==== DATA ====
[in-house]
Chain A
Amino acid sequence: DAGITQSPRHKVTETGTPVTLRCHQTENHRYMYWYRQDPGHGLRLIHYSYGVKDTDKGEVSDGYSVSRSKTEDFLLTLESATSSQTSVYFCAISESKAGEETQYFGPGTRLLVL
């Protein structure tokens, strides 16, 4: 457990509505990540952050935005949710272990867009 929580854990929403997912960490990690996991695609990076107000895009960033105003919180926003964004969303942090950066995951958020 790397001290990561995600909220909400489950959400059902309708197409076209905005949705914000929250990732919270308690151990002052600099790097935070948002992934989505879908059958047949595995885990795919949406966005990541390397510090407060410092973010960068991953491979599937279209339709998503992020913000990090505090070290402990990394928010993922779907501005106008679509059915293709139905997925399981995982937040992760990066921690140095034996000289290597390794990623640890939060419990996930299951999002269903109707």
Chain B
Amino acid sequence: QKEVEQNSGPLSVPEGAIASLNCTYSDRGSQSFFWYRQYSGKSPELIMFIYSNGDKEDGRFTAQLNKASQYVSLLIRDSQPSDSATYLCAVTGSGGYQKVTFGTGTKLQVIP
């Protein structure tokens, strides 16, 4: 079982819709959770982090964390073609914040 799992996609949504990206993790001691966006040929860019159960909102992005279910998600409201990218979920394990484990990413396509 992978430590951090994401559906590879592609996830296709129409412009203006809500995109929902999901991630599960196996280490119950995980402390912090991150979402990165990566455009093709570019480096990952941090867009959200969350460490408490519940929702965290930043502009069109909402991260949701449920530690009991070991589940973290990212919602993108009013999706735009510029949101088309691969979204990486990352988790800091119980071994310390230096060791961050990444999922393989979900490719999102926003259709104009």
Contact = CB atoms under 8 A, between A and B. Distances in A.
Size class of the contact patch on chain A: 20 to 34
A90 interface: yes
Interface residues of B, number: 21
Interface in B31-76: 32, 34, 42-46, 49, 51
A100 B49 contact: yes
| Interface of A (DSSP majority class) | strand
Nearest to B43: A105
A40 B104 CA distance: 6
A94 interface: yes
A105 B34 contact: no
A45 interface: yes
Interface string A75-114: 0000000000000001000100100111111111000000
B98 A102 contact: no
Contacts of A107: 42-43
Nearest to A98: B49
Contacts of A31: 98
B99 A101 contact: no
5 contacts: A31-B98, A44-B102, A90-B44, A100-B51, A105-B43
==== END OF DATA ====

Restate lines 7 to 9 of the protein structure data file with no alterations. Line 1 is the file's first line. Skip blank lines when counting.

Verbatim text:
């Protein structure tokens, strides 16, 4: 079982819709959770982090964390073609914040 799992996609949504990206993790001691966006040929860019159960909102992005279910998600409201990218979920394990484990990413396509 992978430590951090994401559906590879592609996830296709129409412009203006809500995109929902999901991630599960196996280490119950995980402390912090991150979402990165990566455009093709570019480096990952941090867009959200969350460490408490519940929702965290930043502009069109909402991260949701449920530690009991070991589940973290990212919602993108009013999706735009510029949101088309691969979204990486990352988790800091119980071994310390230096060791961050990444999922393989979900490719999102926003259709104009």
Contact = CB atoms under 8 A, between A and B. Distances in A.
Size class of the contact patch on chain A: 20 to 34